“It’s a compelling story with epic proportions,” British director Phyllida Lloyd says. “And an Amazonian female heroine. With virtually every song a hit.” Lloyd is talking about Tina: The Tina Turner Musical, which she directed first in London and then in its move to Broadway, where it officially opened November 7 at the Lunt-Fontanne Theatre. The musical stars the critically hailed Adrienne Warren in the title role of the show about the troubled life and career of the iconic performer, and features 23 of her greatest hits, among them “Proud Mary” and “What’s Love Got to Do With It.”
Lloyd, 62, is best known as the director of both the stage and film versions of the mammoth musical hit Mamma Mia!, though she has had a long and distinguished career as a director of opera, classic theatre, in particular, Shakespeare. She was nominated for a best-director Tony Award in 2009 for Friedrich Schiller’s Mary Stuart, which began at the Donmar Warehouse in London and also garnered Tony nominations on Broadway for stars Harriet Walter and Janet McTeer. Her all-female Shakespeare Trilogy ofThe Tempest, Julius Caesar, and Henry IV for the Donmar Warehouse received critical acclaim in London and New York.
She reunited with McTeer for the all-female The Taming of the Shrew at the Public Theater’s Shakespeare in the Park. Her other stage directing credits for the Donmar include The Threepenny Opera and Boston Marriage. She directed Six Degrees of Separation, Hysteria, and Wild East for the Royal Court; The Rime of the Ancient Mariner with Fiona Shaw at the Old Vic Tunnels, Brooklyn Academy of Music, and the Epidaurus Festival in Greece; The Way of the World, Pericles, What the Butler Saw, The Prime of Miss Jean Brodie, and The Duchess of Malfi for the National Theatre; and Artists and Admirers and The Virtuoso for the Royal Shakespeare Company. In film, she directed The Iron Lady, for which Meryl Streep (her Mamma Mia! screen star) won a 2012 best-actress Oscar for portraying Margaret Thatcher.
Lloyd spoke about Tina, how she directs, Shakespeare versus musicals, and her future plans.
Why she became a director:
“I started out wanting to be an actress, and I was absolutely hellbent on being on that side of the footlights. One day, somebody who was directing a play asked me if I’d be their assistant. And within about one hour of sitting on that side of the footlights I knew I wanted to be a director. I think it’s because I want to be responsible for the whole story, not just my part of the story.”
Her directing principles:
“Many, and they’re constantly evolving. Don’t worry if you haven’t found the solution. The solution will come, but maybe not until the last inch. Somebody much more famous than me, I can’t remember who it was, said that, ’A work of art is a journey of a million miles. The most important decision is made in that last inch.’ ... Be very well prepared, but as prepared to completely change your mind. And fight for as long a rehearsal period as you can possibly get. And do a lot of listening.”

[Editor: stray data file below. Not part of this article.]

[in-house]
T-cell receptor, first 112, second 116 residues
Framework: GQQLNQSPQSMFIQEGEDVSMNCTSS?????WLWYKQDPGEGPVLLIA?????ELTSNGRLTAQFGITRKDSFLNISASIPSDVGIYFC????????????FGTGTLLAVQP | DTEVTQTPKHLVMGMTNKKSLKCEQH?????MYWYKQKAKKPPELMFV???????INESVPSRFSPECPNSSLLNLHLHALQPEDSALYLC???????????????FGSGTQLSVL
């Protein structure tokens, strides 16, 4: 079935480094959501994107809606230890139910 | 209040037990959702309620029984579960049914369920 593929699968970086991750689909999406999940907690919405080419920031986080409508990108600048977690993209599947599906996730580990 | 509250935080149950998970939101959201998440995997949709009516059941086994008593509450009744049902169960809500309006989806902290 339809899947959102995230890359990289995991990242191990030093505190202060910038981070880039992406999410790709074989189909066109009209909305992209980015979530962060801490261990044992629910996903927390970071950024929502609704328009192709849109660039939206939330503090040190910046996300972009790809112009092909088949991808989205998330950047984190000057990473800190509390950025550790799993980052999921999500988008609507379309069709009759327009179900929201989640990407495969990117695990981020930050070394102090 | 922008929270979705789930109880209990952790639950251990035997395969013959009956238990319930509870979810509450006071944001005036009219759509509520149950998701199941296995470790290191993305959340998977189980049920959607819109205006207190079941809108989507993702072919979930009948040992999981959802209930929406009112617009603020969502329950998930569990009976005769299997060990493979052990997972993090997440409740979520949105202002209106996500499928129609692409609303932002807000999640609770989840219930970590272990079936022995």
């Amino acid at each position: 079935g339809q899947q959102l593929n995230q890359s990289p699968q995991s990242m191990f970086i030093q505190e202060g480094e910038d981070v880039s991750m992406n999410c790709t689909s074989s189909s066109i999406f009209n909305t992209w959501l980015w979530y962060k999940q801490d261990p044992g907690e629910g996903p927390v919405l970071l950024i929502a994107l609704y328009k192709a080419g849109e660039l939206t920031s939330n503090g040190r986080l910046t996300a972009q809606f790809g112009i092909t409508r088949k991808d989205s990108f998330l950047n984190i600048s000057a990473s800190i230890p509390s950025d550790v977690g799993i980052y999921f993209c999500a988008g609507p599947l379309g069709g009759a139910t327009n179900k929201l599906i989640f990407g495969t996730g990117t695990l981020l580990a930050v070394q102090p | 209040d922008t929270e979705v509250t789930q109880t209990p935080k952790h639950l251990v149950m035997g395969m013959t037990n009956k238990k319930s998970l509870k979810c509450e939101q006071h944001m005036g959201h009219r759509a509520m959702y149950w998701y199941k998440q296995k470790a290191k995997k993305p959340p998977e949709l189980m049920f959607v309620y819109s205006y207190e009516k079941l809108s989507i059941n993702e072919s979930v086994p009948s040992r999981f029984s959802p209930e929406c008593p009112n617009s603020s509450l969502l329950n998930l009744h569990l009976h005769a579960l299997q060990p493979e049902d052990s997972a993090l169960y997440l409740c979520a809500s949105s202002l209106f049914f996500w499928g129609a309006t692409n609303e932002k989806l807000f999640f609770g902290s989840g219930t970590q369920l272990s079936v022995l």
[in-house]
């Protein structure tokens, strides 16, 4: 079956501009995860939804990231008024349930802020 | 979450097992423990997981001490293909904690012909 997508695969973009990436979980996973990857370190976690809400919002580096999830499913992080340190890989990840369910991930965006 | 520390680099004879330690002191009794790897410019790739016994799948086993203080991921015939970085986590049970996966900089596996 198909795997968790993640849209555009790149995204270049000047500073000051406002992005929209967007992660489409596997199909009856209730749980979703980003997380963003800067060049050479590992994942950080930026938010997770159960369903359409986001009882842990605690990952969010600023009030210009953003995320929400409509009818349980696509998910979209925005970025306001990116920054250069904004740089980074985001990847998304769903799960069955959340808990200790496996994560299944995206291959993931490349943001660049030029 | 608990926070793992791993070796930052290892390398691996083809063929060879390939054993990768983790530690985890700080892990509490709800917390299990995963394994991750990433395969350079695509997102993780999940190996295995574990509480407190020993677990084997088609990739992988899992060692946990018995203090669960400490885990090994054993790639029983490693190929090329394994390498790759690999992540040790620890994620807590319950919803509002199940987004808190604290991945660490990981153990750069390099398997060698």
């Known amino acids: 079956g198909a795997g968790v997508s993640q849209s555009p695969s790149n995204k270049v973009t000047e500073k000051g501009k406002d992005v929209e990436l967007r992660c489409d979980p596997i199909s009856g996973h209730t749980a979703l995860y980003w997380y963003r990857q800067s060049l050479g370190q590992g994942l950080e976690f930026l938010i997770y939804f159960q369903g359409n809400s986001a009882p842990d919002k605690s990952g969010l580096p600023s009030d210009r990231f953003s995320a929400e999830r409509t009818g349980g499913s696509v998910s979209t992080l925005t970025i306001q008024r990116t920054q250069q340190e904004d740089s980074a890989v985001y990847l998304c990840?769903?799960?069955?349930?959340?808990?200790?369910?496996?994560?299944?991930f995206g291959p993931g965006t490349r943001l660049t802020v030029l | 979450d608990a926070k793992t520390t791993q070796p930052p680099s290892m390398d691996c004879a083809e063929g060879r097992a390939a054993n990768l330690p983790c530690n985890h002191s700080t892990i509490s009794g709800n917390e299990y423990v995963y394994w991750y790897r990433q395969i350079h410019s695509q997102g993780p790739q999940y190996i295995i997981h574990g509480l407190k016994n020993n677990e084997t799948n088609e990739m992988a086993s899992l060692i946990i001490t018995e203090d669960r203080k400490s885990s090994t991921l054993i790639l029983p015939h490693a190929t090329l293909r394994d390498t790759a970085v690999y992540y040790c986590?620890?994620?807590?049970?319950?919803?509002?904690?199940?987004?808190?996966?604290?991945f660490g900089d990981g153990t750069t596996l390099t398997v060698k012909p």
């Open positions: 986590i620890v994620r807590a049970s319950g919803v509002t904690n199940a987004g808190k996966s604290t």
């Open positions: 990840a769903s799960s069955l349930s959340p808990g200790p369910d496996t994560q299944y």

In the rehearsal room with an actor:
“I think that, at best, it’s like being with friends and family on an expedition. And you don’t have to be the one who’s got [the hand on] the tiller the whole time. Like a good parent, you want your spouse and your children to take the reins, often. So I would say I like collaboration. I like intimate friendship. And I like having fun.”
Directing Shakespeare vs. directing musicals:
“It’s [essentially] just the same. The difference is that when directing Tina you have to make space in your schedule for the choreographer and the musical director to work their sides of the story. Therefore you don’t have quite as much time as you might have directing a Shakespeare. But it’s very similar. Shakespeare is like music, and just as you would pay scrupulous attention to every note of music in a musical, you pay scrupulous attention to every word of text in Shakespeare.”
A mistake she made she learned from:
“Many mistakes. And I hope I’ve learned from most of them. I think my biggest mistakes have been made when the design process for a show has had to be concluded long before the rehearsals have unfolded and they have not kept pace with one another. So it’s taken me some years to reconcile the different rhythms of those two parts of the process.”
“I’m finishing work on a movie about which I’m obsessed and passionate and very excited. It’s written by Clare Dunne, who’s one of my actresses from the all-female Shakespeare. She played Prince Hal in my production of Henry IV. We’re hoping it’s going to be released next year. It’s called Herself, and it’s about a woman reconstructing her life after an abusive marriage by building herself her own house with her own hands in the middle of Dublin city.” Co-written by Malcolm Campbell, it stars Dunne, Harriet Walter, and Conleth Hill.
Some closing words about Tina:
“I hadn’t done a theatre musical for 20 years, because I hadn’t found a story quite as compelling. I want audiences to feel they’ve had the greatest night of exciting music theatre. And I want them to leave with hope — hope that Tina shows us that however bad things are, it’s possible to work yourself to happiness.”